"B" "4" a large, for-profit Bingo parlor moved to Nacogdoches, the Shriner's had the only game in town. After 25 years in the game, the men closed the Bingo hall because they couldn't compete with the higher stakes. A year later, the Shriner's are preparing to take a leap of faith. "I don't remember how to turn it on," jokes Kenneth Wheless as he pulls the cover off the automatic Bingo machine. With a flip of a switch the routine comes back. The round balls with brightly colored numbers begin to tumble. Wheless easily pulls one from the dispenser and loudly calls out.
They have faith Nacogdoches residents will come for the kids. Makenzie Banks takes a ride in the Shriner van to Dallas more often than she would like. The 11 year old said, " It used to be once a year, but now it's every four months because my scoliosis is worsening a little bit. " Makenzie is in good company with her Uncle Oran Simpson. Simpson said, " You help a lot of little kids that you don't know very much about, but when one of your own can be helped you get an extra good feeling. "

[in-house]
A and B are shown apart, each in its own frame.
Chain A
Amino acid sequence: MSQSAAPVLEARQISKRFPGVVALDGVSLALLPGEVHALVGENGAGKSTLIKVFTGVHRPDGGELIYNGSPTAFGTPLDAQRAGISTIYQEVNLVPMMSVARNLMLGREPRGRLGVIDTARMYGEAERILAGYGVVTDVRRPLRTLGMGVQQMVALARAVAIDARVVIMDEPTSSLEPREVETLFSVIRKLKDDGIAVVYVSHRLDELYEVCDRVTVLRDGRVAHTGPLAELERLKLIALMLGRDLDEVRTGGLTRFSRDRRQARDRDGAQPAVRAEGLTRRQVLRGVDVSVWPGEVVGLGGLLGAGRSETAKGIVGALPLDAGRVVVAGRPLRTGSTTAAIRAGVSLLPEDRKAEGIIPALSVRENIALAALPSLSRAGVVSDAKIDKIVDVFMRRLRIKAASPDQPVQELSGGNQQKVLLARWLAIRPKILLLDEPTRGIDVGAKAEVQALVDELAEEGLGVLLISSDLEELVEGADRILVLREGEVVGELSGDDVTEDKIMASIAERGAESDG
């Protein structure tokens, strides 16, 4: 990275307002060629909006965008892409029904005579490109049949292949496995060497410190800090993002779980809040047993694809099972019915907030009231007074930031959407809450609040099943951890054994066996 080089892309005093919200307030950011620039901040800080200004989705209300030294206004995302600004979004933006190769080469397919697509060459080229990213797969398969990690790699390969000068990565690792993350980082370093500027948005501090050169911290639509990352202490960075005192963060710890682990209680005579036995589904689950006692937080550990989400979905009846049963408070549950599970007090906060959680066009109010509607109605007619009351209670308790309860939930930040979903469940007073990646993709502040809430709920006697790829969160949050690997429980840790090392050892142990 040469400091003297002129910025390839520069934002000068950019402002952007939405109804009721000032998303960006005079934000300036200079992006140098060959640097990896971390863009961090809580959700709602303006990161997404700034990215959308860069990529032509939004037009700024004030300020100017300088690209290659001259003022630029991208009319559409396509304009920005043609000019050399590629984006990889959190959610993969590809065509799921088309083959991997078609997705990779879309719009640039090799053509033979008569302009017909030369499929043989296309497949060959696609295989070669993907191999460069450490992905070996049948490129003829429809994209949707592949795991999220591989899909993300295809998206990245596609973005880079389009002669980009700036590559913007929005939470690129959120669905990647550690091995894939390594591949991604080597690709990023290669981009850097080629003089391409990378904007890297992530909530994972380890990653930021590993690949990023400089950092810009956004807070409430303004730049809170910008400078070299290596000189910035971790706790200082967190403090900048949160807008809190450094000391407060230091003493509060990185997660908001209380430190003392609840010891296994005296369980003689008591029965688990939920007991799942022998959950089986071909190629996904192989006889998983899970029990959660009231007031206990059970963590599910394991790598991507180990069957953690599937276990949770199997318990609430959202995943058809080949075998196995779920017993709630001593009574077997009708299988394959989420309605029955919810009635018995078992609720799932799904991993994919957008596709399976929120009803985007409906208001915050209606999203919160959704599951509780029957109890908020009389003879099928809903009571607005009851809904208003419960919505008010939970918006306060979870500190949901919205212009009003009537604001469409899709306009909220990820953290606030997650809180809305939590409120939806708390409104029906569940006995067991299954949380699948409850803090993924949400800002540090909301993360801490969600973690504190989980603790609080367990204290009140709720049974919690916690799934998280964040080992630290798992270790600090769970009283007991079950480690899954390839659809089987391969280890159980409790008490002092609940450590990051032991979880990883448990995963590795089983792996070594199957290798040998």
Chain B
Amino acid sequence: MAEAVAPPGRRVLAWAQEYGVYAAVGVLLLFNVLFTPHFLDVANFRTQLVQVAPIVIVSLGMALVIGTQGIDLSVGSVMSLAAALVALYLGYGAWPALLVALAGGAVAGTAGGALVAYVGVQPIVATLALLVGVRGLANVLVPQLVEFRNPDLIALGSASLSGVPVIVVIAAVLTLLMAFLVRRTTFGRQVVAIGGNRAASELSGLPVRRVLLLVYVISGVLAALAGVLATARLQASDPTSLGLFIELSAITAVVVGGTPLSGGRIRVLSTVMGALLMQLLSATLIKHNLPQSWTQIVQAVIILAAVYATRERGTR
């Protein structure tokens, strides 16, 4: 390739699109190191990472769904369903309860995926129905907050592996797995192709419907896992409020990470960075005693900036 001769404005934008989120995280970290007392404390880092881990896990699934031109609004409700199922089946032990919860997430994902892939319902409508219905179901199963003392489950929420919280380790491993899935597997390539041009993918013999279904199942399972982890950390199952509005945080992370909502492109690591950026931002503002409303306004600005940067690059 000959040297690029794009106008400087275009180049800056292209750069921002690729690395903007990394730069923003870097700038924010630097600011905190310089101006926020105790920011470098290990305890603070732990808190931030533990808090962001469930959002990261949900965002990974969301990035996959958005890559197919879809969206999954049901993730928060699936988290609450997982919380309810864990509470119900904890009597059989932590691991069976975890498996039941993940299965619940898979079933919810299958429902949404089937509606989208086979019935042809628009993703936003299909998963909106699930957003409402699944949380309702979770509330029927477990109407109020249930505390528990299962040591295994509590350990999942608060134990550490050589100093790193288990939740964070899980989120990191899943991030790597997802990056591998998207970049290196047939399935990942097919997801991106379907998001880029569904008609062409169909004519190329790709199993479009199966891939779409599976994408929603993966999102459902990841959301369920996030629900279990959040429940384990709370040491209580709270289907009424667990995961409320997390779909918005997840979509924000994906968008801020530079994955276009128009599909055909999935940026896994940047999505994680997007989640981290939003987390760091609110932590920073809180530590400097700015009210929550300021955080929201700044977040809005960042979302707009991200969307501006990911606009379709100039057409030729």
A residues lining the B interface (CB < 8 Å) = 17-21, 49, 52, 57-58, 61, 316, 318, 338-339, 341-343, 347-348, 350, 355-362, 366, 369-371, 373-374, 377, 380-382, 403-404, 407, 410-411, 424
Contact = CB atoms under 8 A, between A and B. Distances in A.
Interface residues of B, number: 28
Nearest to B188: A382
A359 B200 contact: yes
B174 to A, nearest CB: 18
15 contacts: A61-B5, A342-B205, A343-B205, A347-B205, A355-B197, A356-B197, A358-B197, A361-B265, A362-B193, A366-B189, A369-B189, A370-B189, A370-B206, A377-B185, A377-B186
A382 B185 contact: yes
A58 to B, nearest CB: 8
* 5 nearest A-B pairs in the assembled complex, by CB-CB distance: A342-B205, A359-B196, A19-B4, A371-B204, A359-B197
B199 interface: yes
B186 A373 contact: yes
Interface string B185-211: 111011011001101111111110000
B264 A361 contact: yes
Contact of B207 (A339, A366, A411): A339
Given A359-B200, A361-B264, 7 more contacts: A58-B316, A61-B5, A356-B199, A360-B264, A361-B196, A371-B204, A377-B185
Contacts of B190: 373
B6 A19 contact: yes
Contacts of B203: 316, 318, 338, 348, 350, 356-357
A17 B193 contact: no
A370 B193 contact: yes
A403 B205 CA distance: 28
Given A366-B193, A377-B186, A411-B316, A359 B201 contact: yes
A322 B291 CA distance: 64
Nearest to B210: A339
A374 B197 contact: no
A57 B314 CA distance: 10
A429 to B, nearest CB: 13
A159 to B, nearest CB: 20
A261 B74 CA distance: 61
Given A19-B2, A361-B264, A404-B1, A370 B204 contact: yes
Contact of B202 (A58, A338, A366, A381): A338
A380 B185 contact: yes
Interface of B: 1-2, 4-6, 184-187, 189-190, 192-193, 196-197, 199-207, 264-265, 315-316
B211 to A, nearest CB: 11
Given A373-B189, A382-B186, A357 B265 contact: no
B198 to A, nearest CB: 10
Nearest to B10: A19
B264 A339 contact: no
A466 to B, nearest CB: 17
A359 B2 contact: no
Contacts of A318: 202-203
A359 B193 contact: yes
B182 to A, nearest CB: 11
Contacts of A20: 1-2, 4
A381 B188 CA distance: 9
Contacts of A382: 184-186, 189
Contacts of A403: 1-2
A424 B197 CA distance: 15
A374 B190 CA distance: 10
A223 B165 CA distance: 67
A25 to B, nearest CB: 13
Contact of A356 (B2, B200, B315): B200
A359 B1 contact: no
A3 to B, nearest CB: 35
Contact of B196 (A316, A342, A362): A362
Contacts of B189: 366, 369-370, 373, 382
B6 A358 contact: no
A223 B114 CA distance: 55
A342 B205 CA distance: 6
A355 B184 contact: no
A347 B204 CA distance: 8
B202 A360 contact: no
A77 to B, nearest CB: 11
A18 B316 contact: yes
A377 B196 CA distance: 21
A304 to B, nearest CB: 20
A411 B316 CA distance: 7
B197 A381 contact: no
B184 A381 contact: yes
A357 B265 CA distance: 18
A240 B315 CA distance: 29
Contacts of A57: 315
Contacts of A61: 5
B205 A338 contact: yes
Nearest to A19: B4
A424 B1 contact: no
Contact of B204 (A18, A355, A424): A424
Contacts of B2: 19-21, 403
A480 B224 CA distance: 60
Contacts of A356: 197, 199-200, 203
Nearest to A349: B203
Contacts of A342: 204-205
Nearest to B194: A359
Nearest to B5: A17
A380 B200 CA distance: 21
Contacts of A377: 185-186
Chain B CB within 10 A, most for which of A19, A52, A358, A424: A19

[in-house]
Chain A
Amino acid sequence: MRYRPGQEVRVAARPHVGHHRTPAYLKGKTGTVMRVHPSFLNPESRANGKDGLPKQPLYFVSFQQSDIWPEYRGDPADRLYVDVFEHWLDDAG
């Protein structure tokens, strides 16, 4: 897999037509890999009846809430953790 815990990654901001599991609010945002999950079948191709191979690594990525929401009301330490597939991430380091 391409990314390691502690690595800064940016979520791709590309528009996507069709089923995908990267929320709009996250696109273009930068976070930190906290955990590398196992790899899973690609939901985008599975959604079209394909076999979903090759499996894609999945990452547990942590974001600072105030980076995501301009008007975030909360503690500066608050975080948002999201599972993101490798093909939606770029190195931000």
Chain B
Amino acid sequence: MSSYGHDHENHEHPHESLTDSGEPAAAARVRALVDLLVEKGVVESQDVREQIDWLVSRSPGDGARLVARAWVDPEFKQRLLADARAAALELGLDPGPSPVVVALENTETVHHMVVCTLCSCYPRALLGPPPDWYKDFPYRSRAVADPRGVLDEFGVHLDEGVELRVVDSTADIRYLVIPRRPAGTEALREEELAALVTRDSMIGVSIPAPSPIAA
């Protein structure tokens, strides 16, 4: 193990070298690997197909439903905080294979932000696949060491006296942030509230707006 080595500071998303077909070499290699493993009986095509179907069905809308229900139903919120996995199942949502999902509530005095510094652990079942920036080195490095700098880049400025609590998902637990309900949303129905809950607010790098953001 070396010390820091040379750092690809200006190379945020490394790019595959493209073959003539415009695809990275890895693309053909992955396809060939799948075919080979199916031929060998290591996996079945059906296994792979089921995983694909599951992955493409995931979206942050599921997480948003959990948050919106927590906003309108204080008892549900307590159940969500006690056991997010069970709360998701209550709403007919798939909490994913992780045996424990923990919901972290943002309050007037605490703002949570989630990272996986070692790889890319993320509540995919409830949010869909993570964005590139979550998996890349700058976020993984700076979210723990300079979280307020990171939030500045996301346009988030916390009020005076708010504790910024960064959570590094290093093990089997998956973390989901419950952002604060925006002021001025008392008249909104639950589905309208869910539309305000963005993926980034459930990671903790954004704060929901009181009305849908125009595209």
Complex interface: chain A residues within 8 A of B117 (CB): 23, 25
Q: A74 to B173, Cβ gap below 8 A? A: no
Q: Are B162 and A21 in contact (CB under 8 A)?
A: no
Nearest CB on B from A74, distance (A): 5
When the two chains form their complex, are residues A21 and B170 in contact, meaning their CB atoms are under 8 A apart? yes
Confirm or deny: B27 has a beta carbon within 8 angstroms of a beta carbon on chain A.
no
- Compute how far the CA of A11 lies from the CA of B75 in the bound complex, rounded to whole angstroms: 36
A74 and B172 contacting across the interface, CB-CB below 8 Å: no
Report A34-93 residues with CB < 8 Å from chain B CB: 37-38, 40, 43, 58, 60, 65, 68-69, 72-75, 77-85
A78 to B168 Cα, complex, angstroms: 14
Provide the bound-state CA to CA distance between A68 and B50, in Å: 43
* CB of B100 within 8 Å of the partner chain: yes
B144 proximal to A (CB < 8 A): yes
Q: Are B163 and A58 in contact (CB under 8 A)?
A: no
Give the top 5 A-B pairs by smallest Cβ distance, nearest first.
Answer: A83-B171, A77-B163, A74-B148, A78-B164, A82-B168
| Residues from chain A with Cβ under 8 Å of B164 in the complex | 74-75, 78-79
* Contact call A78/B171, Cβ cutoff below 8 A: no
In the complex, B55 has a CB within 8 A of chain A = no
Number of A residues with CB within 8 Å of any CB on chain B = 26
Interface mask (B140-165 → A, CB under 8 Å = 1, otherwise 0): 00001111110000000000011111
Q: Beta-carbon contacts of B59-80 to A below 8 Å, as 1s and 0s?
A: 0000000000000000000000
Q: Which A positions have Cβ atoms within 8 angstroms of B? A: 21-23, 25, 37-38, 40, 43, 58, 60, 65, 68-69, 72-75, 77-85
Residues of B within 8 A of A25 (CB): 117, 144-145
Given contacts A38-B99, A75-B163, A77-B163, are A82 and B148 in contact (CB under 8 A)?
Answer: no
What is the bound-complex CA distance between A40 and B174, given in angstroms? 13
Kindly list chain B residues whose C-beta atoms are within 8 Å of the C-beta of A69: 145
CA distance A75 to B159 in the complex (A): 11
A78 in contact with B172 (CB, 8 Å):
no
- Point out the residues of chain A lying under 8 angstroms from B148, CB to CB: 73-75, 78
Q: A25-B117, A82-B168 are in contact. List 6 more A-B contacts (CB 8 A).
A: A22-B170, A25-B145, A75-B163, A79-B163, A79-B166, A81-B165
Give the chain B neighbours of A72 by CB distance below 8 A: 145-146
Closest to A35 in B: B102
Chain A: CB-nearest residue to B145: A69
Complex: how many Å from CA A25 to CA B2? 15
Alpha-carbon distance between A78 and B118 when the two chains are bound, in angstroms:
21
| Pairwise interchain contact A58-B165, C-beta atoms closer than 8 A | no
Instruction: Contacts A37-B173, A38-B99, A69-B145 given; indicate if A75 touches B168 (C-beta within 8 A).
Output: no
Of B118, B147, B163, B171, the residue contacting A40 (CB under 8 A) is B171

Unfortunately, it's been replaced with a lot worry about rising transportation costs. So the Shriner's are turning back to Bingo. On a good night they used to raise up to $400. Shriner C.W. Nettles talked the group into starting the game back up. " Thirty five percent of our profits goes to transportation. " Pretty good considering the Bingo cards cost one to three dollars each. Winners can leave with two $500 jackpots and door prizes.